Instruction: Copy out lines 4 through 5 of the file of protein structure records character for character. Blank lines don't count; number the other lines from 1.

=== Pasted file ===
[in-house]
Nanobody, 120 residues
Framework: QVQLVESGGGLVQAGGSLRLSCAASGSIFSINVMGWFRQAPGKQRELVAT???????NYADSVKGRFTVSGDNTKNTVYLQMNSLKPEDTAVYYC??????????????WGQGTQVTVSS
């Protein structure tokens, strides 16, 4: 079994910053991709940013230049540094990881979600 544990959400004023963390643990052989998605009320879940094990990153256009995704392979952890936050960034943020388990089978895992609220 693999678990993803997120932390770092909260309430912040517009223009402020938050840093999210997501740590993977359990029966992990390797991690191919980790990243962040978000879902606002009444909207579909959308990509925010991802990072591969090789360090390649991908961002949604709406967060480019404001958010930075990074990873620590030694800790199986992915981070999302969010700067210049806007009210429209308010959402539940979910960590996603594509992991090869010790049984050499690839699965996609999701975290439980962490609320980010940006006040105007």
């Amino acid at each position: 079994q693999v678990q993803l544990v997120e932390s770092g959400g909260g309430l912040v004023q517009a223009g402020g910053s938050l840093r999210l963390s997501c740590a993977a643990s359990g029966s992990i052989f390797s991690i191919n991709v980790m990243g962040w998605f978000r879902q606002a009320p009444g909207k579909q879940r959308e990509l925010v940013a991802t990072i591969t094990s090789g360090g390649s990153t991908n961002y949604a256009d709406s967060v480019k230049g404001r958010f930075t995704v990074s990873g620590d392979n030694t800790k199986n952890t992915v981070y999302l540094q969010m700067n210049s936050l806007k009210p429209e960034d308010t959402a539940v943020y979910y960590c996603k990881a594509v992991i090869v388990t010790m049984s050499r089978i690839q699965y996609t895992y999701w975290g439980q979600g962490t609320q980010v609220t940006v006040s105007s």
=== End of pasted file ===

């Protein structure tokens, strides 16, 4: 079994910053991709940013230049540094990881979600 544990959400004023963390643990052989998605009320879940094990990153256009995704392979952890936050960034943020388990089978895992609220 693999678990993803997120932390770092909260309430912040517009223009402020938050840093999210997501740590993977359990029966992990390797991690191919980790990243962040978000879902606002009444909207579909959308990509925010991802990072591969090789360090390649991908961002949604709406967060480019404001958010930075990074990873620590030694800790199986992915981070999302969010700067210049806007009210429209308010959402539940979910960590996603594509992991090869010790049984050499690839699965996609999701975290439980962490609320980010940006006040105007």
């Amino acid at each position: 079994q693999v678990q993803l544990v997120e932390s770092g959400g909260g309430l912040v004023q517009a223009g402020g910053s938050l840093r999210l963390s997501c740590a993977a643990s359990g029966s992990i052989f390797s991690i191919n991709v980790m990243g962040w998605f978000r879902q606002a009320p009444g909207k579909q879940r959308e990509l925010v940013a991802t990072i591969t094990s090789g360090g390649s990153t991908n961002y949604a256009d709406s967060v480019k230049g404001r958010f930075t995704v990074s990873g620590d392979n030694t800790k199986n952890t992915v981070y999302l540094q969010m700067n210049s936050l806007k009210p429209e960034d308010t959402a539940v943020y979910y960590c996603k990881a594509v992991i090869v388990t010790m049984s050499r089978i690839q699965y996609t895992y999701w975290g439980q979600g962490t609320q980010v609220t940006v006040s105007s």